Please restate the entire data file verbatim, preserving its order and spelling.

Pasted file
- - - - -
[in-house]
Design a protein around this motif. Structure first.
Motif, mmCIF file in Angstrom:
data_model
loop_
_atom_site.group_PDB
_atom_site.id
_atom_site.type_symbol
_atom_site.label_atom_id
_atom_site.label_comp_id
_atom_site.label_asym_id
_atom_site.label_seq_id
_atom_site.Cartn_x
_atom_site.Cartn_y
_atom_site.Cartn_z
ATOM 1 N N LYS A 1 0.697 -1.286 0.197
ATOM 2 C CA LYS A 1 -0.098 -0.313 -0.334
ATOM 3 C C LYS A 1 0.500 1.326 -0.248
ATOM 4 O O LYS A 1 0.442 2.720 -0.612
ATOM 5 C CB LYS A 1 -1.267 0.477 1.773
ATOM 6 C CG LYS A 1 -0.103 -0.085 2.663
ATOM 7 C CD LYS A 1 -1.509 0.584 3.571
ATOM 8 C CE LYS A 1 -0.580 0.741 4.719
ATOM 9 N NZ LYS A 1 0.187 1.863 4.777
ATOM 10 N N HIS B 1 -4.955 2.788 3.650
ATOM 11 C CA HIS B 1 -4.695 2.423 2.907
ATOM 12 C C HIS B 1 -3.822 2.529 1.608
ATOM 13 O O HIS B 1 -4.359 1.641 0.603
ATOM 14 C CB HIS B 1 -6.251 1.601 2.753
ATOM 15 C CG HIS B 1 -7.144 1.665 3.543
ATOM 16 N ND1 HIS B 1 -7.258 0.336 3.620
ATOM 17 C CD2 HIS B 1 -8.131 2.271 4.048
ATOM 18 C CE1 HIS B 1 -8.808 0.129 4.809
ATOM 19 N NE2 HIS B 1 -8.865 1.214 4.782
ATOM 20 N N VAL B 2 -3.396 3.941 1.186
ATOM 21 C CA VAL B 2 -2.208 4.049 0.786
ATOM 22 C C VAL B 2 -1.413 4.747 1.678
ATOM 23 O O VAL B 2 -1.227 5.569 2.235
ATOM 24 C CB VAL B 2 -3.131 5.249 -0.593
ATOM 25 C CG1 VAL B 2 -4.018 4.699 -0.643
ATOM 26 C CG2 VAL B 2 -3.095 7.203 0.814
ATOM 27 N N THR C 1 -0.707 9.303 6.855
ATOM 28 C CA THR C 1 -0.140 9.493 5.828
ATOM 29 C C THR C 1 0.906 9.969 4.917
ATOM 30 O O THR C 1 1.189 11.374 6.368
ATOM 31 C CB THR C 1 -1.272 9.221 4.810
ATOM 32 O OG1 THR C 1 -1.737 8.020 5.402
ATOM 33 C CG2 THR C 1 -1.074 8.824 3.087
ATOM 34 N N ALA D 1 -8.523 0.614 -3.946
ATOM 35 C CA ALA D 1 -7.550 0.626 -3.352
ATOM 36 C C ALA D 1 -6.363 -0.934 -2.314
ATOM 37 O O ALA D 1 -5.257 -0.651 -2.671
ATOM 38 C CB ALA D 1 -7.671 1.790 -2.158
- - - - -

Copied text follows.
[in-house]
Design a protein around this motif. Structure first.
Motif, mmCIF file in Angstrom:
data_model
loop_
_atom_site.group_PDB
_atom_site.id
_atom_site.type_symbol
_atom_site.label_atom_id
_atom_site.label_comp_id
_atom_site.label_asym_id
_atom_site.label_seq_id
_atom_site.Cartn_x
_atom_site.Cartn_y
_atom_site.Cartn_z
ATOM 1 N N LYS A 1 0.697 -1.286 0.197
ATOM 2 C CA LYS A 1 -0.098 -0.313 -0.334
ATOM 3 C C LYS A 1 0.500 1.326 -0.248
ATOM 4 O O LYS A 1 0.442 2.720 -0.612
ATOM 5 C CB LYS A 1 -1.267 0.477 1.773
ATOM 6 C CG LYS A 1 -0.103 -0.085 2.663
ATOM 7 C CD LYS A 1 -1.509 0.584 3.571
ATOM 8 C CE LYS A 1 -0.580 0.741 4.719
ATOM 9 N NZ LYS A 1 0.187 1.863 4.777
ATOM 10 N N HIS B 1 -4.955 2.788 3.650
ATOM 11 C CA HIS B 1 -4.695 2.423 2.907
ATOM 12 C C HIS B 1 -3.822 2.529 1.608
ATOM 13 O O HIS B 1 -4.359 1.641 0.603
ATOM 14 C CB HIS B 1 -6.251 1.601 2.753
ATOM 15 C CG HIS B 1 -7.144 1.665 3.543
ATOM 16 N ND1 HIS B 1 -7.258 0.336 3.620
ATOM 17 C CD2 HIS B 1 -8.131 2.271 4.048
ATOM 18 C CE1 HIS B 1 -8.808 0.129 4.809
ATOM 19 N NE2 HIS B 1 -8.865 1.214 4.782
ATOM 20 N N VAL B 2 -3.396 3.941 1.186
ATOM 21 C CA VAL B 2 -2.208 4.049 0.786
ATOM 22 C C VAL B 2 -1.413 4.747 1.678
ATOM 23 O O VAL B 2 -1.227 5.569 2.235
ATOM 24 C CB VAL B 2 -3.131 5.249 -0.593
ATOM 25 C CG1 VAL B 2 -4.018 4.699 -0.643
ATOM 26 C CG2 VAL B 2 -3.095 7.203 0.814
ATOM 27 N N THR C 1 -0.707 9.303 6.855
ATOM 28 C CA THR C 1 -0.140 9.493 5.828
ATOM 29 C C THR C 1 0.906 9.969 4.917
ATOM 30 O O THR C 1 1.189 11.374 6.368
ATOM 31 C CB THR C 1 -1.272 9.221 4.810
ATOM 32 O OG1 THR C 1 -1.737 8.020 5.402
ATOM 33 C CG2 THR C 1 -1.074 8.824 3.087
ATOM 34 N N ALA D 1 -8.523 0.614 -3.946
ATOM 35 C CA ALA D 1 -7.550 0.626 -3.352
ATOM 36 C C ALA D 1 -6.363 -0.934 -2.314
ATOM 37 O O ALA D 1 -5.257 -0.651 -2.671
ATOM 38 C CB ALA D 1 -7.671 1.790 -2.158